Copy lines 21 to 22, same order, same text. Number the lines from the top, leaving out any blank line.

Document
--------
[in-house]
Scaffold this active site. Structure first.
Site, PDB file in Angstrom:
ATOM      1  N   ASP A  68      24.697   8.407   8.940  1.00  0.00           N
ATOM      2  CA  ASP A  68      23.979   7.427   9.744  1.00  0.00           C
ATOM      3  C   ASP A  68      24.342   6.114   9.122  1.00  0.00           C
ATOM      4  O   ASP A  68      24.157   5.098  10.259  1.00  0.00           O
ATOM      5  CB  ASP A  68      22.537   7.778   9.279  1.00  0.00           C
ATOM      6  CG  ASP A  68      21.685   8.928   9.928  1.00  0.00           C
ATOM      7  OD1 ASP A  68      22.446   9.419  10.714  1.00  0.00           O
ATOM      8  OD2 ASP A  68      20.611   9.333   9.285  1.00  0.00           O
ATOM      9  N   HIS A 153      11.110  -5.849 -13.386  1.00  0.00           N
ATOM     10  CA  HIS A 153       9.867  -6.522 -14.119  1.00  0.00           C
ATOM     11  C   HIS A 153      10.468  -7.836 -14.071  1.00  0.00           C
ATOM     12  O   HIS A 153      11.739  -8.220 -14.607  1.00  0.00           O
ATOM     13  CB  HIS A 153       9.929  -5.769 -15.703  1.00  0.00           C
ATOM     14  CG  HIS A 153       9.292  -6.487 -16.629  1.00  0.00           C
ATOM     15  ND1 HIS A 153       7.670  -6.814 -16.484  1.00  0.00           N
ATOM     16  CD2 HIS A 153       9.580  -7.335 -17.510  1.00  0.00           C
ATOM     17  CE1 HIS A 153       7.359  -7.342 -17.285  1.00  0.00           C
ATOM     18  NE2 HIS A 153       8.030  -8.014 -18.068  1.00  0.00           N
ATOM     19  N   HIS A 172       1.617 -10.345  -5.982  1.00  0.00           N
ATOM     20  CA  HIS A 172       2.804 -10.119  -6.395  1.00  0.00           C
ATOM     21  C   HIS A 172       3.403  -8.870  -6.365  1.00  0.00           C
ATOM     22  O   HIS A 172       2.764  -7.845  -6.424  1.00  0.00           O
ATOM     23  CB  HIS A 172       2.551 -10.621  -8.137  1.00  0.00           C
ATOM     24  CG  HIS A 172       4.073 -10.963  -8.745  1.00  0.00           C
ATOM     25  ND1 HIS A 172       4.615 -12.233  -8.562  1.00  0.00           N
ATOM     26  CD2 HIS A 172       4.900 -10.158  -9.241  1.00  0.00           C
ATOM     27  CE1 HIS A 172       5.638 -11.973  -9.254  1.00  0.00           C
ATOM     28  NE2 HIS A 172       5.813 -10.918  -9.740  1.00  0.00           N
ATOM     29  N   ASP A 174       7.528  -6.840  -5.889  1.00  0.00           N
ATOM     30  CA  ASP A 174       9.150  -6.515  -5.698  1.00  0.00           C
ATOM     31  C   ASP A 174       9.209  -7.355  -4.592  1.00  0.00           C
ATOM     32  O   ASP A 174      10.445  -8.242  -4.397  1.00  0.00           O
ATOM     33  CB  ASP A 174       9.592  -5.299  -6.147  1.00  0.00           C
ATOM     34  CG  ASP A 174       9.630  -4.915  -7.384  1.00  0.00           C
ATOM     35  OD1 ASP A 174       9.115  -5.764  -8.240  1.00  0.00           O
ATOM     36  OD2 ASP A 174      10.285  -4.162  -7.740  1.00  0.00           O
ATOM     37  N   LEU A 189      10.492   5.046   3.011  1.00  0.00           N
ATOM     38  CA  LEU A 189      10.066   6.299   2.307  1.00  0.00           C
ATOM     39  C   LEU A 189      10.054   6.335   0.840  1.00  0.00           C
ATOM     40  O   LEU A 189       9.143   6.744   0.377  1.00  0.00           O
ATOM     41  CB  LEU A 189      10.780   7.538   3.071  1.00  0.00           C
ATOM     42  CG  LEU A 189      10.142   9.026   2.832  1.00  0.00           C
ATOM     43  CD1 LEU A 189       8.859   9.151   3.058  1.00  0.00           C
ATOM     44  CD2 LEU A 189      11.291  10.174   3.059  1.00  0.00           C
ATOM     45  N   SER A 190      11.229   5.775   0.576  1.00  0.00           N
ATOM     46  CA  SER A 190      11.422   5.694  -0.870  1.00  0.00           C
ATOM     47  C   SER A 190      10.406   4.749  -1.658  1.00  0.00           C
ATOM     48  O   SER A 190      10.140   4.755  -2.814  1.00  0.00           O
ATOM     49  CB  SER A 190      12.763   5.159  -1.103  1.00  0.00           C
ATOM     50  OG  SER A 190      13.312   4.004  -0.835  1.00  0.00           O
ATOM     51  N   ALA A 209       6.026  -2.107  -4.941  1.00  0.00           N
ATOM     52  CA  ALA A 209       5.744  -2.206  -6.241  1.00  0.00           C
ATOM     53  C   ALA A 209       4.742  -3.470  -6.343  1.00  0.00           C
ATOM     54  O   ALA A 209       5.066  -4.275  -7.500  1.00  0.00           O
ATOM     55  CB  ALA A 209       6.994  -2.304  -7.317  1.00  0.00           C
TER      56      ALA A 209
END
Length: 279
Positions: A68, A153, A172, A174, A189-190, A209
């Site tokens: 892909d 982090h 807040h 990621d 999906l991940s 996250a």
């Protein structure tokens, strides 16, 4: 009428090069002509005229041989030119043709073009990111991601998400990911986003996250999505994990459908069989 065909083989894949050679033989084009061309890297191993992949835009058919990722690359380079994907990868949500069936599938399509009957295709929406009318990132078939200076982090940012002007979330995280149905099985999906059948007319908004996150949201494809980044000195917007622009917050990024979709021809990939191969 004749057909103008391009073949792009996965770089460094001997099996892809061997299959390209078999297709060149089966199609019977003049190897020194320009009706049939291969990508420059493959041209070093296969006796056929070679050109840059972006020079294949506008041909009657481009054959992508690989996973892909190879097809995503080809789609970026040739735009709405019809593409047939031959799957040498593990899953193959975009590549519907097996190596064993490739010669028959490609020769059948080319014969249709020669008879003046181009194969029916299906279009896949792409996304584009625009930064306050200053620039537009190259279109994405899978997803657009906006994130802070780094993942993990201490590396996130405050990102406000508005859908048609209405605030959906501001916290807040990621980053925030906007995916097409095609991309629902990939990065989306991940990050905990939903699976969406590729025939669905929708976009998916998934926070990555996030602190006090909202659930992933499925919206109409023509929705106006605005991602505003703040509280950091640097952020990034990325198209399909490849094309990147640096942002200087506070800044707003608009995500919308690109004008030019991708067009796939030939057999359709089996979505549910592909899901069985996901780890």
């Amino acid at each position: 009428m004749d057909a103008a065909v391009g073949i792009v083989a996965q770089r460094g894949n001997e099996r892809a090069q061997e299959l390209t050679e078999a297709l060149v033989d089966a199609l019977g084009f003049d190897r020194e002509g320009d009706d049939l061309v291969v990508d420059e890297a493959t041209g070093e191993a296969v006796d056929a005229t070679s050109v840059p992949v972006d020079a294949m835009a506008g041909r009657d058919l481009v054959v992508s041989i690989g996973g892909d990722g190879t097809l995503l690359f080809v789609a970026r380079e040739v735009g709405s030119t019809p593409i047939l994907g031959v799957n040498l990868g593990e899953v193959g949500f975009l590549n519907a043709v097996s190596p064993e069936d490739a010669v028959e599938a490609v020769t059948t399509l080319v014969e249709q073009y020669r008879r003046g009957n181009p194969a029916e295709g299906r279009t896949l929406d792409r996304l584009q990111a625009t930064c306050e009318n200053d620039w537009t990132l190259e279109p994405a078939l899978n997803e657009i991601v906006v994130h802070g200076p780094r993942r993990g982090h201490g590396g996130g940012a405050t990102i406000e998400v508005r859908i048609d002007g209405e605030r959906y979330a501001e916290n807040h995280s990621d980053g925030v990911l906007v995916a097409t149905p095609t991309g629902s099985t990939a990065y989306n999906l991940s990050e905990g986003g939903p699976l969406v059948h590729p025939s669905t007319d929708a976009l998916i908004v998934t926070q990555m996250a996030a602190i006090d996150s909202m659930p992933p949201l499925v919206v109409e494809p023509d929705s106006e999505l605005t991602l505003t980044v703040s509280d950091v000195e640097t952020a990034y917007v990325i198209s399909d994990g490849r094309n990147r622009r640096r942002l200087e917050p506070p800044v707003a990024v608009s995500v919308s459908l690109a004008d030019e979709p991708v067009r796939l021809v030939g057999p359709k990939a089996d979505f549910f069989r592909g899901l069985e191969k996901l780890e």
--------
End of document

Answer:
ATOM     18  NE2 HIS A 153       8.030  -8.014 -18.068  1.00  0.00           N
ATOM     19  N   HIS A 172       1.617 -10.345  -5.982  1.00  0.00           N